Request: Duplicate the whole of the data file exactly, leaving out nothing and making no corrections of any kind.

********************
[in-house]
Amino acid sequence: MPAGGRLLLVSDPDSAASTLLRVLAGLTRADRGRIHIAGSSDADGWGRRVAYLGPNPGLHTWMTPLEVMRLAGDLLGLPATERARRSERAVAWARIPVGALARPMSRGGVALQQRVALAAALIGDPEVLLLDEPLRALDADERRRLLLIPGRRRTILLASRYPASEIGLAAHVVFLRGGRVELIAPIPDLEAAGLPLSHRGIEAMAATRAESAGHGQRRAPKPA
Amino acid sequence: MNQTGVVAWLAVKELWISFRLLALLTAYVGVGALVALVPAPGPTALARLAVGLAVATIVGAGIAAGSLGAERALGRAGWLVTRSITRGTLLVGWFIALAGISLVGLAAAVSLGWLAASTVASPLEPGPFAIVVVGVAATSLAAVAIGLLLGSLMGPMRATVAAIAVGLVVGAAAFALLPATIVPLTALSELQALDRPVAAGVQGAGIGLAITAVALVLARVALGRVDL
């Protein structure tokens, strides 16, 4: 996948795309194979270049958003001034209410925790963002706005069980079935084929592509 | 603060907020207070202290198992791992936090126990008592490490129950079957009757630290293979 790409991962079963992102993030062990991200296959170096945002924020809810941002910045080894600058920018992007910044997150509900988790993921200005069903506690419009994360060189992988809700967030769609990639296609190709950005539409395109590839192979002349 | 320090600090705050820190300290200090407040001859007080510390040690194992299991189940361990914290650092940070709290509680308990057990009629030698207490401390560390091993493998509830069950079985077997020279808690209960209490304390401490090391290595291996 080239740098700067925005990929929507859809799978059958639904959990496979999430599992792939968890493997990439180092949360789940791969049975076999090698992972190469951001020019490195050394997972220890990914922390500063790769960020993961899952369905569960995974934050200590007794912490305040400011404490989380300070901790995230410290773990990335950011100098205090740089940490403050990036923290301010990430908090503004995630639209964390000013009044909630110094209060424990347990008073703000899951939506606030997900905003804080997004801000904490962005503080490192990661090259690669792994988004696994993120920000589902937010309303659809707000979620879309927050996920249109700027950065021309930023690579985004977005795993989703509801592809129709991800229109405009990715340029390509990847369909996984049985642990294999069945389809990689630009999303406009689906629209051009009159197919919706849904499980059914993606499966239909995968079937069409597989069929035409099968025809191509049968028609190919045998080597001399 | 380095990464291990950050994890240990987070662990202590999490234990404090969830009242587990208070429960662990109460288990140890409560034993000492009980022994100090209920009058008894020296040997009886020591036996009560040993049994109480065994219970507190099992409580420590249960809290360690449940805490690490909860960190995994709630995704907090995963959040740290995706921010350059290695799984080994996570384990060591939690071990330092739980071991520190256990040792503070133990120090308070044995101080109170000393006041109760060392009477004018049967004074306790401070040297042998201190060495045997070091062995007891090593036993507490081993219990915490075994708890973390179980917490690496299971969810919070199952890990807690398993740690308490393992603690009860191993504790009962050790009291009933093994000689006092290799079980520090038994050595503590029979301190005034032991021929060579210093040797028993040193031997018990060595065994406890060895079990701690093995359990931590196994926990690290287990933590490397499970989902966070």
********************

[in-house]
Amino acid sequence: MPAGGRLLLVSDPDSAASTLLRVLAGLTRADRGRIHIAGSSDADGWGRRVAYLGPNPGLHTWMTPLEVMRLAGDLLGLPATERARRSERAVAWARIPVGALARPMSRGGVALQQRVALAAALIGDPEVLLLDEPLRALDADERRRLLLIPGRRRTILLASRYPASEIGLAAHVVFLRGGRVELIAPIPDLEAAGLPLSHRGIEAMAATRAESAGHGQRRAPKPA
Amino acid sequence: MNQTGVVAWLAVKELWISFRLLALLTAYVGVGALVALVPAPGPTALARLAVGLAVATIVGAGIAAGSLGAERALGRAGWLVTRSITRGTLLVGWFIALAGISLVGLAAAVSLGWLAASTVASPLEPGPFAIVVVGVAATSLAAVAIGLLLGSLMGPMRATVAAIAVGLVVGAAAFALLPATIVPLTALSELQALDRPVAAGVQGAGIGLAITAVALVLARVALGRVDL
């Protein structure tokens, strides 16, 4: 996948795309194979270049958003001034209410925790963002706005069980079935084929592509 | 603060907020207070202290198992791992936090126990008592490490129950079957009757630290293979 790409991962079963992102993030062990991200296959170096945002924020809810941002910045080894600058920018992007910044997150509900988790993921200005069903506690419009994360060189992988809700967030769609990639296609190709950005539409395109590839192979002349 | 320090600090705050820190300290200090407040001859007080510390040690194992299991189940361990914290650092940070709290509680308990057990009629030698207490401390560390091993493998509830069950079985077997020279808690209960209490304390401490090391290595291996 080239740098700067925005990929929507859809799978059958639904959990496979999430599992792939968890493997990439180092949360789940791969049975076999090698992972190469951001020019490195050394997972220890990914922390500063790769960020993961899952369905569960995974934050200590007794912490305040400011404490989380300070901790995230410290773990990335950011100098205090740089940490403050990036923290301010990430908090503004995630639209964390000013009044909630110094209060424990347990008073703000899951939506606030997900905003804080997004801000904490962005503080490192990661090259690669792994988004696994993120920000589902937010309303659809707000979620879309927050996920249109700027950065021309930023690579985004977005795993989703509801592809129709991800229109405009990715340029390509990847369909996984049985642990294999069945389809990689630009999303406009689906629209051009009159197919919706849904499980059914993606499966239909995968079937069409597989069929035409099968025809191509049968028609190919045998080597001399 | 380095990464291990950050994890240990987070662990202590999490234990404090969830009242587990208070429960662990109460288990140890409560034993000492009980022994100090209920009058008894020296040997009886020591036996009560040993049994109480065994219970507190099992409580420590249960809290360690449940805490690490909860960190995994709630995704907090995963959040740290995706921010350059290695799984080994996570384990060591939690071990330092739980071991520190256990040792503070133990120090308070044995101080109170000393006041109760060392009477004018049967004074306790401070040297042998201190060495045997070091062995007891090593036993507490081993219990915490075994708890973390179980917490690496299971969810919070199952890990807690398993740690308490393992603690009860191993504790009962050790009291009933093994000689006092290799079980520090038994050595503590029979301190005034032991021929060579210093040797028993040193031997018990060595065994406890060895079990701690093995359990931590196994926990690290287990933590490397499970989902966070």